UCLA beats USC by largest margin since 1970

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Brett Hundley passed for 202 yards and rushed for 80 as No. 22 UCLA whipped No. 23 USC, 35-14, at the Coliseum on Saturday night.

UCLA improves to 9-3 overall and 6-3 in Pac-12 play while USC falls to 9-4 and 6-3.

It was the Bruins’ largest margin of victory over the Trojans since 1970.

And it may have put an end to whatever momentum that was behind USC interim head coach Ed Orgeron‘s bid to become the school’s permanent head man.

UCLA looked sharper than USC from the start and jumped out to a 14-0 lead behind Hundley’s arm and an array of well-time quarterback draws. The Trojans cut the lead to 14-7 at the half thanks to tailback Javorious Allen, scored USC’s first TD on his way to a game-high 123 yards on 20 carries.

But Hundley was just too good on this night. He drove the Bruins 85 yards in the third quarter and scored on a 12-yard run to push UCLA’s lead to 21-7. Trojan quarterback Cody Kessler responded with a 22-yard touchdown pass to Xavier Grimble, but Hundley’s five-yard run made it 28-14 at the end of the third quarter.

USC threatened to score on the ensuing drive, but Allen fumbled at the UCLA 20-yard line and the Trojans never crossed midfield again. UCLA tacked on a Paul Perkins 8-yard run in the fourth quarter to reach the final score.

UCLA has now beaten USC in back-to-back years for the first time since 1997-1998 and have back-to-back nine-win seasons for the first time since those years, too.  Jim Mora Jr., is the first UCLA coach to beat USC in his first two meetings since Bob Toledo back in the mid-1990s.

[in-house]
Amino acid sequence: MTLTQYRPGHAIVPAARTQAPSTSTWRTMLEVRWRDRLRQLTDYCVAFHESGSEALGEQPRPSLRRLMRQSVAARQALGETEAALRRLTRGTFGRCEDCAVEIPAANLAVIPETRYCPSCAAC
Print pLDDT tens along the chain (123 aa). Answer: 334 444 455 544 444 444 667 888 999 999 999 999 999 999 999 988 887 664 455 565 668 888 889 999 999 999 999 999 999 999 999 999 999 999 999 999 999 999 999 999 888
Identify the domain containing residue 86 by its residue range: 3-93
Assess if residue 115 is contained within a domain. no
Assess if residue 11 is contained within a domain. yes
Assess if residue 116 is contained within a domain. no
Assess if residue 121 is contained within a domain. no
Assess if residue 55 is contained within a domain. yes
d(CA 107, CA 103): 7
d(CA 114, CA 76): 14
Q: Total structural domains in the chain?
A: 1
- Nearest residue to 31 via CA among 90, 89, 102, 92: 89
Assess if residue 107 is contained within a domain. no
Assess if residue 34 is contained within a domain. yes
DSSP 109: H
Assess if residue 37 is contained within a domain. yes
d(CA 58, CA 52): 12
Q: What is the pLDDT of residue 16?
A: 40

Can Orgeron survive this kind of loss, which also snaps USC’s five-game win streak? Trojan athletic director Pat Haden is going to have a very difficult decision to make. The bet here is that this game probably ended any chance Orgeron has of being named USC’s permanent head coach.

Dabo Swinney, Hunter Johnson address QB’s transfer

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Clemson has officially bid adieu to a highly-touted member of its 2017 recruiting class.

Earlier in the day Monday, reports surfaced that Hunter Johnson had decided to transfer from the Tigers, with a couple of Big Ten schools already listed as potential landing spots. Not long after that news made the rounds, Dabo Swinney acknowledged the reports, calling the quarterback “one of the best young men I’ve ever coached” in sending his former player his well-wishes.

“While it is always disappointing to lose a great person and a great player, I am so thankful to have had the opportunity to work with Hunter and watch him grow and develop over the last year and a half,” the full statement attributed to the head coach began. “Hunter is one of the best young men I have ever coached and has a very bright future ahead of him.

“I wish him all the best as he decides on his destination.”

Johnson himself issued his own statement through the school’s sports information department addressing the development.

“I want to thank Coach Swinney and the Clemson family for giving me the opportunity to be a part of something special,” said Johnson. “I’ve met some amazing people who I will forever call family. I am a better man and a better football player because of my time spent at Clemson. Go Tigers!”

The composite board on 247Sports.com had Johnson rated as the No. 2 pro-style quarterback in the country and the No. 30 player at any position for the Class of 2017. As a true freshman, Johnson completed 21 of his 27 passes for 234 yards, two touchdowns and an interception in seven appearances.

It’s believed that Johnson, who will have to sit out the 2018 season but would then have three years of eligibility remaining beginning in 2019, is eyeing Northwestern or Purdue as potential transfer destinations.